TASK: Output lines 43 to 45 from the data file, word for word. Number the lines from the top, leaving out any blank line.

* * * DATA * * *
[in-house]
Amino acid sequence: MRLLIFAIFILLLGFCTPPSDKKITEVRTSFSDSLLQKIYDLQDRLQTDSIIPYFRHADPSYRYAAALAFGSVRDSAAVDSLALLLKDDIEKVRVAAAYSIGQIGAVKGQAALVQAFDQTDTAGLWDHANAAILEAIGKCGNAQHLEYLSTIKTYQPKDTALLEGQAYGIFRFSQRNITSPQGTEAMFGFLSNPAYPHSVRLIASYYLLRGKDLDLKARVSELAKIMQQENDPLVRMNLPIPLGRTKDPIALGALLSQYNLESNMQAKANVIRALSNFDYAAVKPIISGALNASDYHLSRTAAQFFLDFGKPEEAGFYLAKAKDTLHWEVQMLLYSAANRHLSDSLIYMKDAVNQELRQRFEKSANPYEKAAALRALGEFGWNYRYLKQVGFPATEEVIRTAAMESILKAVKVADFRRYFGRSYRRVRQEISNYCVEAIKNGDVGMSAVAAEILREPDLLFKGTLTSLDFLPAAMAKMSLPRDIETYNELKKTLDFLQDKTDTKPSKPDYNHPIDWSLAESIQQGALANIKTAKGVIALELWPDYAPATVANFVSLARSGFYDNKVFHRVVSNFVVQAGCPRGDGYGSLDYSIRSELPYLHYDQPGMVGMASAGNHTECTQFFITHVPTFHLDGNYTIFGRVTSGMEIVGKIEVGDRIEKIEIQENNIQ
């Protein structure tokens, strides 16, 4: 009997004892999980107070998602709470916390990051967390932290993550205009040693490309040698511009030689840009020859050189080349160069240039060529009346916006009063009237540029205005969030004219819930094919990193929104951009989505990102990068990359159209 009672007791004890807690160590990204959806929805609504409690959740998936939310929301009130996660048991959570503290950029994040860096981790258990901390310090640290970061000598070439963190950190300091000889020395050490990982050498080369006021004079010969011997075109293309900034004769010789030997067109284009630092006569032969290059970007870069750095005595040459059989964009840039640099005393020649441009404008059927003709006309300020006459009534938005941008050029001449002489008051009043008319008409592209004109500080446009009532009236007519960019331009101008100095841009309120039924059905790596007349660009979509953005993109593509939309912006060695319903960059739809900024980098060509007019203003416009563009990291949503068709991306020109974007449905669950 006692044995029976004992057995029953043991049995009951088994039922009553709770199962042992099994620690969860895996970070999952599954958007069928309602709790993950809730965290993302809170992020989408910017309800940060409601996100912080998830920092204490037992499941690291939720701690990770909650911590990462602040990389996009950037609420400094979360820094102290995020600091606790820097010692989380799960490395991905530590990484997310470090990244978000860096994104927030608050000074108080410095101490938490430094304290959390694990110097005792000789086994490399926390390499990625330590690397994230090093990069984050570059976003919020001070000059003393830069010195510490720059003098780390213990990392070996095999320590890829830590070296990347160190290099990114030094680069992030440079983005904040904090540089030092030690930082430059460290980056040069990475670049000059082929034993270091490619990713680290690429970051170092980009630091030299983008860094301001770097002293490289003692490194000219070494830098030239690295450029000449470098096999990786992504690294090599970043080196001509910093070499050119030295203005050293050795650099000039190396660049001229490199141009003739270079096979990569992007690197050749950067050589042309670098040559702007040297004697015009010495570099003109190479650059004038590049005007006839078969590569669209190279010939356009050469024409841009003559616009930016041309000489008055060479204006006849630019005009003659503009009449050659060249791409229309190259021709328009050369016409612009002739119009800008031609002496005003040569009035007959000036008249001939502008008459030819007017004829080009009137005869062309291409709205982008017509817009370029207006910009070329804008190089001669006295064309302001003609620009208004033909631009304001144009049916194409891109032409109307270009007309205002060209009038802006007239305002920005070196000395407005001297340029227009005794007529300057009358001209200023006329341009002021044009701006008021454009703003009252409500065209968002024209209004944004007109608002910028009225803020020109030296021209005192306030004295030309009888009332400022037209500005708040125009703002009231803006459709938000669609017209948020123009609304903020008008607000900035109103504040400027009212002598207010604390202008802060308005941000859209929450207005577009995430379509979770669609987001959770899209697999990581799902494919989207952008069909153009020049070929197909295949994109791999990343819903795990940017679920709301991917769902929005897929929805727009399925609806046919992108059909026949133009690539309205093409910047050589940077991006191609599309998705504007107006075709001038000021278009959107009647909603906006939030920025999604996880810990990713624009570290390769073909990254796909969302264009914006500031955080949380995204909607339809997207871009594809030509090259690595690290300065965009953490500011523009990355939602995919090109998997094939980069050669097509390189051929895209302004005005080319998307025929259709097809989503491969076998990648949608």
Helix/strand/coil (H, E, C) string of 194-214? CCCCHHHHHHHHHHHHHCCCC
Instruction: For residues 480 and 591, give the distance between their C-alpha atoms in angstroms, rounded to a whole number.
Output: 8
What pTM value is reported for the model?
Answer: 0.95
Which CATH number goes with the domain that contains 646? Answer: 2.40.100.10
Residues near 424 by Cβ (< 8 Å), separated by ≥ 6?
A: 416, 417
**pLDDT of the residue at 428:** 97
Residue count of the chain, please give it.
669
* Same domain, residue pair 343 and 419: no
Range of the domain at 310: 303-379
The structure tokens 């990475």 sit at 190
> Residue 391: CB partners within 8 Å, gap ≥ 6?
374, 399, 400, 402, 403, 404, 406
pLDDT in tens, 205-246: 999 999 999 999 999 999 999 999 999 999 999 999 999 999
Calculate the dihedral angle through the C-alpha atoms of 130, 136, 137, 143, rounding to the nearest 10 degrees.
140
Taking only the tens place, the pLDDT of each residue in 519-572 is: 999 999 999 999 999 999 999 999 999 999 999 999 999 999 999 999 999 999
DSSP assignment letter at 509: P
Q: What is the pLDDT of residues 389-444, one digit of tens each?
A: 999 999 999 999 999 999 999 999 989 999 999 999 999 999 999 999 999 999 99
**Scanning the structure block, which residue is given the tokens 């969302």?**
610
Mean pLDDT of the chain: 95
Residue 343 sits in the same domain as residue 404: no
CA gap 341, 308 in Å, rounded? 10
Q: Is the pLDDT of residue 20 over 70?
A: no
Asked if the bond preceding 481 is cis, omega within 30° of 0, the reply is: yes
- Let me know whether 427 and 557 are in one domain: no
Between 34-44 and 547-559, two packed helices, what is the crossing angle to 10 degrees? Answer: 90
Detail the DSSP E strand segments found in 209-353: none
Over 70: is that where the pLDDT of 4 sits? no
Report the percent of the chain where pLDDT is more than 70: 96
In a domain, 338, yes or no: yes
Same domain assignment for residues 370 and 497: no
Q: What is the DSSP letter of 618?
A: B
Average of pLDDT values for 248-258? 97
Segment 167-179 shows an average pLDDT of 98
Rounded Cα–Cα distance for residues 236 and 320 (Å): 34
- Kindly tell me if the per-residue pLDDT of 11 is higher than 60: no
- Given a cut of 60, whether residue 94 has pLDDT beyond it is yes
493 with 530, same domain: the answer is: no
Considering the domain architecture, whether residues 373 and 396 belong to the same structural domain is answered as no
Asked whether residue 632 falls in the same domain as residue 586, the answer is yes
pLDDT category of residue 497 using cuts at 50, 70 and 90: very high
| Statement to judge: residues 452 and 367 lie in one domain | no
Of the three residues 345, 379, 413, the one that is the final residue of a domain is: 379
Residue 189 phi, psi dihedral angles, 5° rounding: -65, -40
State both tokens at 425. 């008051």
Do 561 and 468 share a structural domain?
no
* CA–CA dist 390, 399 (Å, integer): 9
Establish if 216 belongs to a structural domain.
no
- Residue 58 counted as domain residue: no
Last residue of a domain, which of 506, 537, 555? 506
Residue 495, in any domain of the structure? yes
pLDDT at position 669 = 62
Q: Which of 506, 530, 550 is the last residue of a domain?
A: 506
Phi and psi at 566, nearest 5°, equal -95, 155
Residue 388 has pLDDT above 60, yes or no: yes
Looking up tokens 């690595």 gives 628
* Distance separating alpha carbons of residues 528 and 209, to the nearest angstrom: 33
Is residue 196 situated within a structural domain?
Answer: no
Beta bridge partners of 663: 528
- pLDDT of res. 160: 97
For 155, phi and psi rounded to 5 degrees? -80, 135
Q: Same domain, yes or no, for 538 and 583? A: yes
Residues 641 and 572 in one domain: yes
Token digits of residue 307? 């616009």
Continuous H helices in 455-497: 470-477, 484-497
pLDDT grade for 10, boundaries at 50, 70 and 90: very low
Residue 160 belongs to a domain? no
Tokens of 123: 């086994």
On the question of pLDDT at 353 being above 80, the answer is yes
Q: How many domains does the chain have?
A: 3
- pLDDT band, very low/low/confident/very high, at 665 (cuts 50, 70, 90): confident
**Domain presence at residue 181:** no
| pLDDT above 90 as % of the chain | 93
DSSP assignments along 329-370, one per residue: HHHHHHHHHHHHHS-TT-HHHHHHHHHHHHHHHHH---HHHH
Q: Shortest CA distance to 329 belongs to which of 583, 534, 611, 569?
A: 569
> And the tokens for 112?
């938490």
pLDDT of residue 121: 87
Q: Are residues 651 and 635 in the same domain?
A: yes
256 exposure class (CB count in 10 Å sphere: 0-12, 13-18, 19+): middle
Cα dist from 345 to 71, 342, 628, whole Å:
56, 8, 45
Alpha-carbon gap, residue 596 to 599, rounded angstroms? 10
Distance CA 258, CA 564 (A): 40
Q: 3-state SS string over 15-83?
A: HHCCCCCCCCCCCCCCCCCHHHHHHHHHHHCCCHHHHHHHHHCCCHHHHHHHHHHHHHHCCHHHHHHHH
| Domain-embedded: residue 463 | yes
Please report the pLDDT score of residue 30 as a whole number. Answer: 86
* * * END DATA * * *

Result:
A: B
Average of pLDDT values for 248-258? 97
Segment 167-179 shows an average pLDDT of 98